• If properly presented and understood, negative feedback can make everyone strive to do better. Having a systematic conversation review process reassures that the same quality is expected from everyone.

So, we can say that though it might feel like criticism will ruin your company culture, it will actually bring your team closer together. By continuously providing (negative) feedback to all agents, you can be sure that everyone is aligned to doing their best.

Of course, all negative feedback has to be well-balanced with positive highlights. Most people tend to struggle with giving negative feedback, so internal reviews often end up focusing on the positives only.

“It has also transpired that the team tends to be very positive. Pointing out areas of improvement doesn’t come as naturally to them,” says Luis Hernandez, VP of Customer Success at Geckoboard when describing how they implemented peer reviews in their support team with Klaus.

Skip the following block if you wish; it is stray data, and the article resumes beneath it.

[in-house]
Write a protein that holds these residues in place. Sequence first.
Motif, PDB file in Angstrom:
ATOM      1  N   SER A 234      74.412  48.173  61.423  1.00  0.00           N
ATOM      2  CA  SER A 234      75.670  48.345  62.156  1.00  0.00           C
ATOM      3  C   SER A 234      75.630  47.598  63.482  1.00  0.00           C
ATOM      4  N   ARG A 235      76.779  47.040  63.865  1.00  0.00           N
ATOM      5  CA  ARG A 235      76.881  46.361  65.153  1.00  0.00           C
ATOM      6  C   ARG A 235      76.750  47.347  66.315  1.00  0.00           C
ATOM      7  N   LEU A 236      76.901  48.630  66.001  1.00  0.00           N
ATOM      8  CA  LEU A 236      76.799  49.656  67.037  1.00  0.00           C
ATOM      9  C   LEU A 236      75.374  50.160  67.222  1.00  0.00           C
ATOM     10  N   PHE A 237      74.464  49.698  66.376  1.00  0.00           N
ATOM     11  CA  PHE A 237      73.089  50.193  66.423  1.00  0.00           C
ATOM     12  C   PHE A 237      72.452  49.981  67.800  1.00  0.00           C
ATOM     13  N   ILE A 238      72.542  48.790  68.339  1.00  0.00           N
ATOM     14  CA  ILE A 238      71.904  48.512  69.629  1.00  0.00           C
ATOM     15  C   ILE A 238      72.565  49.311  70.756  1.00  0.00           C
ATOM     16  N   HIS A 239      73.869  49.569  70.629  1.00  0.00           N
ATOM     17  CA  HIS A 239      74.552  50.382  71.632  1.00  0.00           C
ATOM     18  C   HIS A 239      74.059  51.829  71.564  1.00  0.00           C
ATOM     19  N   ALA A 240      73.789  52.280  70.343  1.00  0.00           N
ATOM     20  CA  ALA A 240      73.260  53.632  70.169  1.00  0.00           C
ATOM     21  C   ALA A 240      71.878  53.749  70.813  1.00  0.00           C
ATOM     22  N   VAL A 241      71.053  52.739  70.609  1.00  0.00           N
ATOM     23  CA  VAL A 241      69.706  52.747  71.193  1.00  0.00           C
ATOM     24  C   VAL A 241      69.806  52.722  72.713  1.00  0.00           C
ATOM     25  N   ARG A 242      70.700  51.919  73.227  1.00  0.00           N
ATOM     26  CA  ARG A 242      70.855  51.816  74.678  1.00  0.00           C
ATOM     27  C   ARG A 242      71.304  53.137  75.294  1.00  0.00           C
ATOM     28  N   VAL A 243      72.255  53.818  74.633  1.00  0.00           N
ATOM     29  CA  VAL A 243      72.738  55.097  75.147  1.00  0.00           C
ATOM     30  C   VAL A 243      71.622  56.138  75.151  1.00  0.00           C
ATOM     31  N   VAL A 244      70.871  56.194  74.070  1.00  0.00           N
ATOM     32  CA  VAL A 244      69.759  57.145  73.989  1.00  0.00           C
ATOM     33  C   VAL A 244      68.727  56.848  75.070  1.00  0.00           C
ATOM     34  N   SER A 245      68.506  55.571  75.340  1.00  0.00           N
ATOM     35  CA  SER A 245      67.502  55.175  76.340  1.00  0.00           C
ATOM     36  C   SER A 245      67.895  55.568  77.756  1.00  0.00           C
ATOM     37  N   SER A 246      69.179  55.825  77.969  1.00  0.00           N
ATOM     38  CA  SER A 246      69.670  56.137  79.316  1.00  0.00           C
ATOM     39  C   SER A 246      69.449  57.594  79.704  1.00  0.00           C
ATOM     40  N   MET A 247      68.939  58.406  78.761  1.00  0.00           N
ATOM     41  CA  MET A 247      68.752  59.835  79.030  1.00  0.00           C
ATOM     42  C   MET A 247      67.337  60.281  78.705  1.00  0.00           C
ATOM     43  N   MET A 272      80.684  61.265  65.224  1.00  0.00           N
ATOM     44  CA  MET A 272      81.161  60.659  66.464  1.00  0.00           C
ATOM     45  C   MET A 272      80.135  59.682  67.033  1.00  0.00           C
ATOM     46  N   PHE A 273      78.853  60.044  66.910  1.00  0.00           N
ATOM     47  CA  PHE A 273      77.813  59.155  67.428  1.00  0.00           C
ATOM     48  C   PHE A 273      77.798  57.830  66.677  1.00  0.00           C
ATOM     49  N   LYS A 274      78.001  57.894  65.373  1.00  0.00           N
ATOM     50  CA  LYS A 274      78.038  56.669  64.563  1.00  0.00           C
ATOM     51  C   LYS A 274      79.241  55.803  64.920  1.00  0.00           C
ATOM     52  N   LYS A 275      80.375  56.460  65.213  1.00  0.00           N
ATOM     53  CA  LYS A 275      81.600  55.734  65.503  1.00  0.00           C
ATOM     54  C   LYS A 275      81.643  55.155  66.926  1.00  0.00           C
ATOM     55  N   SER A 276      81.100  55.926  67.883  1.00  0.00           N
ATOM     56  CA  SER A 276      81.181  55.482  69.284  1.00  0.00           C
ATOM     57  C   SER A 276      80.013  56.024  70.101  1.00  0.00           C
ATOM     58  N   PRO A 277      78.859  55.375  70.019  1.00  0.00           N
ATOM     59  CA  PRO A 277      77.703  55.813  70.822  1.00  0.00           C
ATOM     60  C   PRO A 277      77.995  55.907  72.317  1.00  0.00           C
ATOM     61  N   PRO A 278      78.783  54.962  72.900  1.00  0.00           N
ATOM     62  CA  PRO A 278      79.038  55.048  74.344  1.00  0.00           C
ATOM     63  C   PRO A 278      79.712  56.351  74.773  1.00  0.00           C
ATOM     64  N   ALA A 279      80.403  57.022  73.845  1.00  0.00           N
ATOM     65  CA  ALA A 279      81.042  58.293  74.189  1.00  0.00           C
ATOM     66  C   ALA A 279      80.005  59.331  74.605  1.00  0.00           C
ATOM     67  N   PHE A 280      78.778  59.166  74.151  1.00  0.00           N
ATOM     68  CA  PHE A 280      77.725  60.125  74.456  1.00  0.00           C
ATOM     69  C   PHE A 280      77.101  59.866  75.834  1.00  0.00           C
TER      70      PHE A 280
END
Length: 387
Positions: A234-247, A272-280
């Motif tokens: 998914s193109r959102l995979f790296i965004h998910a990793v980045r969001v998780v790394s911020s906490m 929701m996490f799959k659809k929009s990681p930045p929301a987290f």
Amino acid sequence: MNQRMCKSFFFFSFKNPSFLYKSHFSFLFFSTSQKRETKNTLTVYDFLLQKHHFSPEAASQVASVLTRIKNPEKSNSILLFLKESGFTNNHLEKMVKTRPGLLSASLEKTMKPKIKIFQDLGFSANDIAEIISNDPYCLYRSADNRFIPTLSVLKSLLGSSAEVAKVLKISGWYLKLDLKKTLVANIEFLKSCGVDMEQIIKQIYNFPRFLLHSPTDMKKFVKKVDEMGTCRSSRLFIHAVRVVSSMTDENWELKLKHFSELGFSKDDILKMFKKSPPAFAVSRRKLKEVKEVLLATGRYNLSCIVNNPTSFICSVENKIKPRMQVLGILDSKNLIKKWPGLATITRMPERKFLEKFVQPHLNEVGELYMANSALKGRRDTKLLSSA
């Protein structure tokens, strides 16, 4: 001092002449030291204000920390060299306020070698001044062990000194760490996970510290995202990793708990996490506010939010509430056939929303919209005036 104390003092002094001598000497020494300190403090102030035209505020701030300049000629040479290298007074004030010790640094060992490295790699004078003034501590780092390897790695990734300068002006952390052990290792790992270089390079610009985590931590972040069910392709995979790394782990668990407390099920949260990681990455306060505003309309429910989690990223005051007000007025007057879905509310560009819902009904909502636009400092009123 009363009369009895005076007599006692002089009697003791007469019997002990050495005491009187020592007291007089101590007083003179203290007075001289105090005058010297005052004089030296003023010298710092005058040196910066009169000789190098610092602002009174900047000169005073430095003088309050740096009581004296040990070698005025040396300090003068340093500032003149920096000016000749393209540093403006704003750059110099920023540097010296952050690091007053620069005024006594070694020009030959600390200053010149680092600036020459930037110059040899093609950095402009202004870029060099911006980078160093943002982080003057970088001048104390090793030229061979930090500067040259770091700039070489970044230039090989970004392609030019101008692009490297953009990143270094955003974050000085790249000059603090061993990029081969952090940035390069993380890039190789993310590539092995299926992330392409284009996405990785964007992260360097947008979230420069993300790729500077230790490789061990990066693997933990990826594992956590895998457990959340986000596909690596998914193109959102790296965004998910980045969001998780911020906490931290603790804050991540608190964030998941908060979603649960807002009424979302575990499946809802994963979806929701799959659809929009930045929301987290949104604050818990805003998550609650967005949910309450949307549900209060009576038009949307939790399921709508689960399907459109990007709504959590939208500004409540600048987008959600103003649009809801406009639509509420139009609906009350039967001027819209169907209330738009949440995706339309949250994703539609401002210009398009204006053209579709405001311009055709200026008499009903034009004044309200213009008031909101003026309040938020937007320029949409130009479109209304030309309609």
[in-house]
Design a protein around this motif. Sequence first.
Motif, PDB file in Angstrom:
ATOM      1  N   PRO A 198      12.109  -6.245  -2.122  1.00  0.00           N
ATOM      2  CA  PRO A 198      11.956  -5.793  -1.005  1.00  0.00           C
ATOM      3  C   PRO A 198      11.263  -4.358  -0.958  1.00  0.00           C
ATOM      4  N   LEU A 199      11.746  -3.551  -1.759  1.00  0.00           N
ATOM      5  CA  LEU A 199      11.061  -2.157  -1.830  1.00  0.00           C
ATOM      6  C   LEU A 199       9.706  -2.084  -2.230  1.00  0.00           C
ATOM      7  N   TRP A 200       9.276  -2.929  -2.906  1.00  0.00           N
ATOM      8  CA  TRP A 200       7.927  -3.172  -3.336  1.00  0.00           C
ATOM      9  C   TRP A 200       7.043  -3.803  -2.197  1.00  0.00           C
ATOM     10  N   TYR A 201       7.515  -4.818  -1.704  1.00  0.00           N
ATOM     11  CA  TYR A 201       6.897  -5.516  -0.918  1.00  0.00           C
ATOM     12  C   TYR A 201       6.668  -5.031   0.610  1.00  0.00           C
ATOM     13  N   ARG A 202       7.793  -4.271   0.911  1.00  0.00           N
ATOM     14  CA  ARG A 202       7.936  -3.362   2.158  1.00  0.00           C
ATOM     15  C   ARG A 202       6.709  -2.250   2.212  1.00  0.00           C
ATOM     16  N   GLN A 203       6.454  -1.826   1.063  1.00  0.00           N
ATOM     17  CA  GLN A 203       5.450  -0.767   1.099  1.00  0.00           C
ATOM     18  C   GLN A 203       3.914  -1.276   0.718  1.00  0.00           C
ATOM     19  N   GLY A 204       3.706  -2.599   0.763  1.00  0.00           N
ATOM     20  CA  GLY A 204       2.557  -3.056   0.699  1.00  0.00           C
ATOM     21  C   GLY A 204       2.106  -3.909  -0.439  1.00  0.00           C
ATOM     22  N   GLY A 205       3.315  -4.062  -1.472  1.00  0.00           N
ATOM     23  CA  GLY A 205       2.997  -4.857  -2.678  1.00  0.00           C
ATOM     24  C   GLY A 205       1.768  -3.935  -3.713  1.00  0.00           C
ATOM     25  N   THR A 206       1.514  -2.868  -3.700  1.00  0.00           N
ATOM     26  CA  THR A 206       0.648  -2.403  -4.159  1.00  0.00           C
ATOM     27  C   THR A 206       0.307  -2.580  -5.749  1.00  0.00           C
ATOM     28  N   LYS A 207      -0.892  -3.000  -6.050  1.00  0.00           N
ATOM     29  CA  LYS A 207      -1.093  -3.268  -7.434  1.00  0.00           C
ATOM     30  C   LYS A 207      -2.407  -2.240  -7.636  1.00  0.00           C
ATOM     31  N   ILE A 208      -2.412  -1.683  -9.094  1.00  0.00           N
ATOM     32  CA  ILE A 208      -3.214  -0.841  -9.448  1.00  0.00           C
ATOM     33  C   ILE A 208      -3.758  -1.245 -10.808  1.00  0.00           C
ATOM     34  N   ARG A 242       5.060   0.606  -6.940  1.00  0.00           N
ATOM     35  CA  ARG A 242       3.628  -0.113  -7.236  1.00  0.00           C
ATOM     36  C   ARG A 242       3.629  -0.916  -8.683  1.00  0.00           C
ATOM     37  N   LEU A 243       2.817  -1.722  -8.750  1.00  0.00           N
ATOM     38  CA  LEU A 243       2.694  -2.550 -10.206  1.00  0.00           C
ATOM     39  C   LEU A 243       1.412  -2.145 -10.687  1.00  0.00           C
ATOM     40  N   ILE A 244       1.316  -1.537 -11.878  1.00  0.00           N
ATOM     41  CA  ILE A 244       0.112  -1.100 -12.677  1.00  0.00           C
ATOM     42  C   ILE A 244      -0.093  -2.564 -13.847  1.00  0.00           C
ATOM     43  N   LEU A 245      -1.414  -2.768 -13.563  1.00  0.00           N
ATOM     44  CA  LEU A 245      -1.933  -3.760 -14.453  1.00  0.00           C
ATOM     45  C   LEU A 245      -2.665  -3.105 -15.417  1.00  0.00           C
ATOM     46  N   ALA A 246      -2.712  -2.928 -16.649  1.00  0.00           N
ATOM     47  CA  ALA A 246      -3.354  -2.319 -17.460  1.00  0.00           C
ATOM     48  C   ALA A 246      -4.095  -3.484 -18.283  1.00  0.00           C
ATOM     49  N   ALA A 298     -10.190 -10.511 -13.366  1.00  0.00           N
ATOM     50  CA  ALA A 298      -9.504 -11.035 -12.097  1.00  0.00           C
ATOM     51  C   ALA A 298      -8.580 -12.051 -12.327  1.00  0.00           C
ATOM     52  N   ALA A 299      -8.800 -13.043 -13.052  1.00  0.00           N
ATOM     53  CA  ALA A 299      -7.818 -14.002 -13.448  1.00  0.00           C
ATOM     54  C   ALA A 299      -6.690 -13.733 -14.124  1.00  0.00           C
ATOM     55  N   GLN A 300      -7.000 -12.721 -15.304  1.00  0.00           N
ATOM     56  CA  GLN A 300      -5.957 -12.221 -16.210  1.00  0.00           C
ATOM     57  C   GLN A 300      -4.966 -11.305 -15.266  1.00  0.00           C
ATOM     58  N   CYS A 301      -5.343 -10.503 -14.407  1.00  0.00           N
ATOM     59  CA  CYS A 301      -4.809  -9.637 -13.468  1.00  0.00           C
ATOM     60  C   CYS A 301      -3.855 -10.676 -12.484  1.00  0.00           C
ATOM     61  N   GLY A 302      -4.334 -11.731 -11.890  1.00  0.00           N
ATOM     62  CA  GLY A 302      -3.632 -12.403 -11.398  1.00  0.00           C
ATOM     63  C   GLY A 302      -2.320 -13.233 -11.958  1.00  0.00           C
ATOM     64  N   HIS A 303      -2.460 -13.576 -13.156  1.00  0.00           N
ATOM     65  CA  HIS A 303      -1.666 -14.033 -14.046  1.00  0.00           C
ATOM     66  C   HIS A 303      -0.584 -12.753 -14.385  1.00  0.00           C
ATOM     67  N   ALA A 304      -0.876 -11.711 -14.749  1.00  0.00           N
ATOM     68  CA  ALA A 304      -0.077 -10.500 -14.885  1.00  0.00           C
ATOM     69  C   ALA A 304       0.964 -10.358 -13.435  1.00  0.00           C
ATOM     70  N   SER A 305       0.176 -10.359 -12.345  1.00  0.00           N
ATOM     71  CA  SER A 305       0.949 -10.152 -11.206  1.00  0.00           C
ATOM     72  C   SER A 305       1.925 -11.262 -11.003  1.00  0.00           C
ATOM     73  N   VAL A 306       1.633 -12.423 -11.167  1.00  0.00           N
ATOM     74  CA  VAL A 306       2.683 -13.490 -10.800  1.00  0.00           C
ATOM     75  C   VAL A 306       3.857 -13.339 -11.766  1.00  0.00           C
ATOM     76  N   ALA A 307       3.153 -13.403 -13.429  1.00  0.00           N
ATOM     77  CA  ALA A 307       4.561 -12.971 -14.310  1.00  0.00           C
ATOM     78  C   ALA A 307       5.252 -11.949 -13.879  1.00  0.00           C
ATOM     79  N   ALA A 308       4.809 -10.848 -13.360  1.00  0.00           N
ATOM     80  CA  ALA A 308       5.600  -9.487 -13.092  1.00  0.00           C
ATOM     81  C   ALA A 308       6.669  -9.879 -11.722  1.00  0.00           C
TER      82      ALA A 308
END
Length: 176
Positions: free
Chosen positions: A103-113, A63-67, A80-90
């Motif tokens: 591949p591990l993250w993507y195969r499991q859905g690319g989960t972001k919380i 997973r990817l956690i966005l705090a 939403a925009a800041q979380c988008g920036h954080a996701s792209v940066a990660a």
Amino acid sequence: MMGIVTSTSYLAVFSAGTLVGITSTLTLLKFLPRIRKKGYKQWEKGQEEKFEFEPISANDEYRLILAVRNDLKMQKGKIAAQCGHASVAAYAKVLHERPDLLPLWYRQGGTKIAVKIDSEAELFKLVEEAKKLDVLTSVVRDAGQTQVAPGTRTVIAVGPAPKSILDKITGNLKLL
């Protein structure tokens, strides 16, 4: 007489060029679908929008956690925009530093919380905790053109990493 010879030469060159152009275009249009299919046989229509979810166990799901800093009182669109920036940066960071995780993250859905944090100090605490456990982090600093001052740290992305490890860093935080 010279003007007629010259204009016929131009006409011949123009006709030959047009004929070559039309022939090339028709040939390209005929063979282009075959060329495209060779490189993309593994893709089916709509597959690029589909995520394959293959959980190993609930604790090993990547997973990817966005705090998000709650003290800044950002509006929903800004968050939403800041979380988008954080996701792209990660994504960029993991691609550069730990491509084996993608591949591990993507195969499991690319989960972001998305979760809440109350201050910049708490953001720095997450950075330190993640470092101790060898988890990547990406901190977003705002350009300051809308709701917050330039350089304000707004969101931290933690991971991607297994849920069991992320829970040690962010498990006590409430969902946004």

If you start seeing negative feedback as a tool for improving the quality of your customer service, you’ll understand that your team really needs more of it. It’s the only way your agents can become better at what they do. That’s actually very positive.

Does your support team receive enough negative feedback? Join the discussion in the #quality channel and invite your team over, too. Read more about customer service quality on Klaus blog and sign up for weekly Support Driven newsletter. Purrr.


Profile picture of Valentina ThoernerValentina Thörner is the Head of Product at Klaus. Additionally, she is an opinionated writer, pragmatic solution-finder, German expat in Spain, twin mom, barefoot runner, expert in leading teams across geographies and time-zones, author of the remote leadership bible “From a Distance”. Valentina has over a decade of experience leading and working location independent and has learned a thing or two about wrangling a team, 397 conflicting priorities, and two kids.